Physiological Action in men
Role of circulating E2 in male reproductive health appears to be insignificant

Clinical utility of E2 measurements in women
The measurement of E2 simultaneously with FSH and LH levels can provide information to diagnose fertility problems:

1. Assessment of the ovarian function
2. Monitor of the hormonal infertility treatment and follow up of IVF
3. Differential diagnosis of amenorrhea
Amenorrhea is defined as the absence of menstruation for 3 or more months in women with past menses.
4. Evaluation of precocious puberty
for girls is the appearance of secondary sexual development earlier than the mean. The new guidelines propose that precocious puberty be defined by the presence of breast or pubic hair development before age 6 years in African-American girls and age 7 years in Caucasian girls
5. High levels
can be an indication of ovarian neoplasm

Clinical utility of E2 measurements in men
1. Gynecomastia
, breast development in males, is affected by the same hormones that stimulate female breast growth tissue. As the testes secrete only small amounts of estradiol the remainder of estrogen in males which is the cause of Gynecomastia, is derived from the extra glandular aromatization of testosterone and androstenedione to estradiol and estrone.
2. Feminization
3. Hypogonadism
4. Testicular tumors
can lead to increased blood estrogen levels by: estrogen overproduction or by androgen overproduction in combination with aromatization in the periphery to estrogens. Although the testicular tumors with overproduction of estrogens are rare, they can be the cause of gynecoimastia. Note theses tumors are coming from Sertoli cells or granulose cells in the testis? Tumors derived from germ cells are producing HCG.

Progesterone is produced in females mainly by the ovaries (corpus luteum) small amounts are produced by the adrenal and during pregnancy by the placenta. The main function is to regulate the condition of the endometrium of the uterus.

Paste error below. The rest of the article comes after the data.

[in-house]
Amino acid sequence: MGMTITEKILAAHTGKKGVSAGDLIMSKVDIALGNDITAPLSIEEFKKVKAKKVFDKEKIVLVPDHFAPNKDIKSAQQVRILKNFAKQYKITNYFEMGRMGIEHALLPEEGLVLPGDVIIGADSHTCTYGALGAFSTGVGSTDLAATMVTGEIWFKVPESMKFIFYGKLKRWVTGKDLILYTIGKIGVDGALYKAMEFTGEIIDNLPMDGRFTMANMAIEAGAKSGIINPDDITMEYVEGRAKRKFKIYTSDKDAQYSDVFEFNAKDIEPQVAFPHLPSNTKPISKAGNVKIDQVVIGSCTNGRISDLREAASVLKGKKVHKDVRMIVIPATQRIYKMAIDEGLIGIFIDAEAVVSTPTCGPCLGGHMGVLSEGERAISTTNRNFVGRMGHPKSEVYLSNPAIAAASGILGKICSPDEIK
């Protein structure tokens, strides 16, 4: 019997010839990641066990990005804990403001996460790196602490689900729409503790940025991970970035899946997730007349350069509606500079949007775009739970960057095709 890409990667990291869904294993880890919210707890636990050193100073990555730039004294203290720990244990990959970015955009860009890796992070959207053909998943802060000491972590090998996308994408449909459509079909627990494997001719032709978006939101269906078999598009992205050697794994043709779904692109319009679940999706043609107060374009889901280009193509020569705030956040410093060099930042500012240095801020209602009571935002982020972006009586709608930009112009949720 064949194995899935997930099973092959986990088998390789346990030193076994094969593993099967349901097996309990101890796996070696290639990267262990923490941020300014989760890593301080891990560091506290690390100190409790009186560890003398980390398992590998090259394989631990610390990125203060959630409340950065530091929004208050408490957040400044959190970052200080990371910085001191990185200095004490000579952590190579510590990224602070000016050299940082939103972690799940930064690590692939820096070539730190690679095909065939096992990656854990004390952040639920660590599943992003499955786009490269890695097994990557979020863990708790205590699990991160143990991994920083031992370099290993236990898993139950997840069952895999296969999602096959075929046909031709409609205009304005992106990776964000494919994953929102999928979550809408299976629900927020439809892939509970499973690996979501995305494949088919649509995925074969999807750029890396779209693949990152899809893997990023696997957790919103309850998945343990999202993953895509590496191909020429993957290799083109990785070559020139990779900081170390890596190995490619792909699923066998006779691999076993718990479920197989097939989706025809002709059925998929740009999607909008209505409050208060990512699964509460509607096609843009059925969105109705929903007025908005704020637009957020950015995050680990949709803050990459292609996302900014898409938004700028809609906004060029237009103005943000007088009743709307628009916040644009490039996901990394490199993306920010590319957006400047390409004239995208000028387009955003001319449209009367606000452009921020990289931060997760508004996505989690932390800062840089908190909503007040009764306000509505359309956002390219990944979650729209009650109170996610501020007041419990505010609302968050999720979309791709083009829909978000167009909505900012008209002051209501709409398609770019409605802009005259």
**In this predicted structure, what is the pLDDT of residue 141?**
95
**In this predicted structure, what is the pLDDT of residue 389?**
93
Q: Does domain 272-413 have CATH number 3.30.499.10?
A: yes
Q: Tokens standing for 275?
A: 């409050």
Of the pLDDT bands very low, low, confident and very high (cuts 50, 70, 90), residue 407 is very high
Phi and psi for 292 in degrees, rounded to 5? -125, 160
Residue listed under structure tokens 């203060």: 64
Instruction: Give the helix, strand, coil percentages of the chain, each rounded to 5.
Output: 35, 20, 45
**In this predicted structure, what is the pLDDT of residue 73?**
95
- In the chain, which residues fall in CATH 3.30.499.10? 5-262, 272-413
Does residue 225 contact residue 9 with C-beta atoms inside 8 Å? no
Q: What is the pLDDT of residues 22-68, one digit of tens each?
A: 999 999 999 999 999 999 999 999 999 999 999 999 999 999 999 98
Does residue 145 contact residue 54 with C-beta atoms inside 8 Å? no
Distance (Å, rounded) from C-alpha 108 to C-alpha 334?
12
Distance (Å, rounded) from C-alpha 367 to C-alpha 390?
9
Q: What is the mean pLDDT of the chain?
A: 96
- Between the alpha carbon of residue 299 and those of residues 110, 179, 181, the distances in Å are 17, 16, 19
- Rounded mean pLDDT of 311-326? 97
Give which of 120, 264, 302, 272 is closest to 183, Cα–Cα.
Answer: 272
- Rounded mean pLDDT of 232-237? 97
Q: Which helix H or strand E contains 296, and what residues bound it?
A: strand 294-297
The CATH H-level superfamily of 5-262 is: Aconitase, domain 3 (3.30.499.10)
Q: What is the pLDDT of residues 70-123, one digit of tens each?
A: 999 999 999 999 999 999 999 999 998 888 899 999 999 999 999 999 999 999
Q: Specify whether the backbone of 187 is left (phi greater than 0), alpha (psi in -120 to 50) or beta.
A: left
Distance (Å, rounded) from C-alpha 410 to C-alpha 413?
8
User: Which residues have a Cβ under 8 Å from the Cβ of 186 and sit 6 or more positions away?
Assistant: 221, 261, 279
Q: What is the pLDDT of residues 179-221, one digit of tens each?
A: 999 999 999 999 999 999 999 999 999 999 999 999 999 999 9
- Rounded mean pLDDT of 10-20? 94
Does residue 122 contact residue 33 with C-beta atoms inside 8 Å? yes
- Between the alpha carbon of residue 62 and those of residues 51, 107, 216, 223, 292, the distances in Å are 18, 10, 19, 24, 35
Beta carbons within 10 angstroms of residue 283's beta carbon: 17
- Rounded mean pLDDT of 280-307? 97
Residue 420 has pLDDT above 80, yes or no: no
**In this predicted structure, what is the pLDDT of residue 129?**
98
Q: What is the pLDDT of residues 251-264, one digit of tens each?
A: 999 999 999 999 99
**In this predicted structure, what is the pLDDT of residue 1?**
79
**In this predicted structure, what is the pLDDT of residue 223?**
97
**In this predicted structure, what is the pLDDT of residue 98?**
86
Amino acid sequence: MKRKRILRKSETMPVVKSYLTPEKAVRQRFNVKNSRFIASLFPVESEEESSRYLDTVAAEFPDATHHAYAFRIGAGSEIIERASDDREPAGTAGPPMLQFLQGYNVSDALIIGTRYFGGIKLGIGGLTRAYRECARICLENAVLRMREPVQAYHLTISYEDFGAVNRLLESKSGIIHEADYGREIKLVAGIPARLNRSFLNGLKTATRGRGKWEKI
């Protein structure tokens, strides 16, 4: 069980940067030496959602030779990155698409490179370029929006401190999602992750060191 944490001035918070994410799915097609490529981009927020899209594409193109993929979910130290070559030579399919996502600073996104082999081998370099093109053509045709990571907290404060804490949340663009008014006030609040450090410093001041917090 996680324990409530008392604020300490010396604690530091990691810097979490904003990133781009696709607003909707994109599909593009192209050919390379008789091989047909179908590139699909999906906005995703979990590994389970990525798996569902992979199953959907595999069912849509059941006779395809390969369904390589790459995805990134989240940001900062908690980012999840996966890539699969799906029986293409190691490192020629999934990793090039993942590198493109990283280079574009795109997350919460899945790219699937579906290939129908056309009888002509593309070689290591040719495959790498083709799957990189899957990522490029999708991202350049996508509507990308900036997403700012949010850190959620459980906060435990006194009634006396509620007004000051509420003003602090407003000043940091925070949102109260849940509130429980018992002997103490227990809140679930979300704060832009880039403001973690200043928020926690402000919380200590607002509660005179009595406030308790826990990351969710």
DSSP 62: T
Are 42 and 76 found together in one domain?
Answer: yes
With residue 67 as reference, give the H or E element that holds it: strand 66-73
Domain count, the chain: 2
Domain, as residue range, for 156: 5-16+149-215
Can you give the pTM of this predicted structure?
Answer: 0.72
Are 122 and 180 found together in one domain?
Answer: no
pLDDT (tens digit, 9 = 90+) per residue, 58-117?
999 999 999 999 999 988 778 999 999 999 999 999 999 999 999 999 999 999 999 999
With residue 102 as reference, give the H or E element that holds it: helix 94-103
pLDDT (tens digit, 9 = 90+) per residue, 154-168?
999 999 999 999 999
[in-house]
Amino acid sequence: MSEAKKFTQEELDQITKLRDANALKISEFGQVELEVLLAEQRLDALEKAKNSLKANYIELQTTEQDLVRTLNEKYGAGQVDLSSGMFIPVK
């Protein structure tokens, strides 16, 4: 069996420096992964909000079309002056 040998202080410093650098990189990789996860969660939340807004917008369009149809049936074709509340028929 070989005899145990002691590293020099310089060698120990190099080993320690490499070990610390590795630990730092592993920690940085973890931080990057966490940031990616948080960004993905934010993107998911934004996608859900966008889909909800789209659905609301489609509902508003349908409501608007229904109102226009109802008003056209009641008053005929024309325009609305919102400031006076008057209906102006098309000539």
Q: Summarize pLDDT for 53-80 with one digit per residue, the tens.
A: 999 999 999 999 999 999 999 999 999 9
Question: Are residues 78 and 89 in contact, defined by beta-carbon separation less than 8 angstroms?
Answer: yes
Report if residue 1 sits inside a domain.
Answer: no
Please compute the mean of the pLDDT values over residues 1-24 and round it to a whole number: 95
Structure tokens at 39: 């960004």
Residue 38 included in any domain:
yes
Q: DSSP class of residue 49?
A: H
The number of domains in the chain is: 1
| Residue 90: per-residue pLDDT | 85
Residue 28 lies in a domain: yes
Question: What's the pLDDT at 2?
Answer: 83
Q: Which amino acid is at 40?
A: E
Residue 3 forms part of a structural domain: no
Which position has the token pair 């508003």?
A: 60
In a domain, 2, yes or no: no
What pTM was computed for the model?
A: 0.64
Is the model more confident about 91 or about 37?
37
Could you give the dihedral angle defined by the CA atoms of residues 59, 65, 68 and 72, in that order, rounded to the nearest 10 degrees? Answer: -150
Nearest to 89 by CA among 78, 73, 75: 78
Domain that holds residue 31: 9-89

Progesterone has also effects on other female organs.

DHEA-S: Dehydroepiandrosterone sulfate is a steroid hormone, secreted from adrenal cortex. DHEA-S level in the blood, are higher in men as in women by all age groups. And both in men as in women DHEA-S decrease gradually after a peak of 20-years old time.

Dehydroepiandrosterone sulfate (DHEA-S) is secreted by the adrenal cortex in response to adrenocorticotropin (ACTH). Small amounts are also produced by the ovaries and testes.

DHEA-S is an androgen (MW 371), a male sex hormone, which is present in the blood of both men and women. It has a role to play in developing male secondary sexual characteristics at puberty, and it can be metabolized by the body into more potent androgens, such as testosterone and androstenedione, or can be changed into the female hormone estrogen.

Since DHEA-S is primarily produced by the adrenal cortex , it is useful as a marker for adrenal function in combination with testosterone and other androgens. DHEAS can be measured to help diagnose adrenal tumors, cancers, and hyperplasia and to separate these conditions from ovarian tumors and cancers. Concentrations of DHEA-S are often measured, along with other hormones such as FSH, LH, prolactin, E2 and testosterone, to diagnose polycystic ovarian syndrome and determined the cause of infertility, amenorrhea and hirsutism. DHEA-S is anso used, along with other hormones, to investigate and diagnose the cause of virilization in young girls and precocious puberty in young boys.

SHBG: Sex hormone-binding globulin, one of blood transport proteins, is a large homodimeric glycoprotein that especially binds testosterone and estradiol. It is mostly synthesized in the liver and is released into the bloodstream. The biological activities of these sex steroids in plasma are regulated by plasma SHBG, since its high binding affinities to the steroids limit these access to target cells.

It is suggested that SHBG concentrations are influenced by various factors, such as thyroid hormones, estrogens, insulin, and several growth factors. Increases in SHBG levels are found in hyperthyroidism, hepatic cirrhosis, and pregnancy. High SHBG values are also seen with oral estrogen treatment, tamoxifen administration, and Klinefelter’s syndrome. Decreases in SHBG levels are observed in female patients with hirsutism, hyperandrogenism, or insulin resistance syndrome. In hypothrroidism, SHBG are often lowered.

SHBG are widely measured together with testosterone assays to calculate the “Free Androgen Index” (FAI), the ratio of total testosterone level derived by SHBG level. The FAI is known as a useful indicator to determine abnormal androgen status.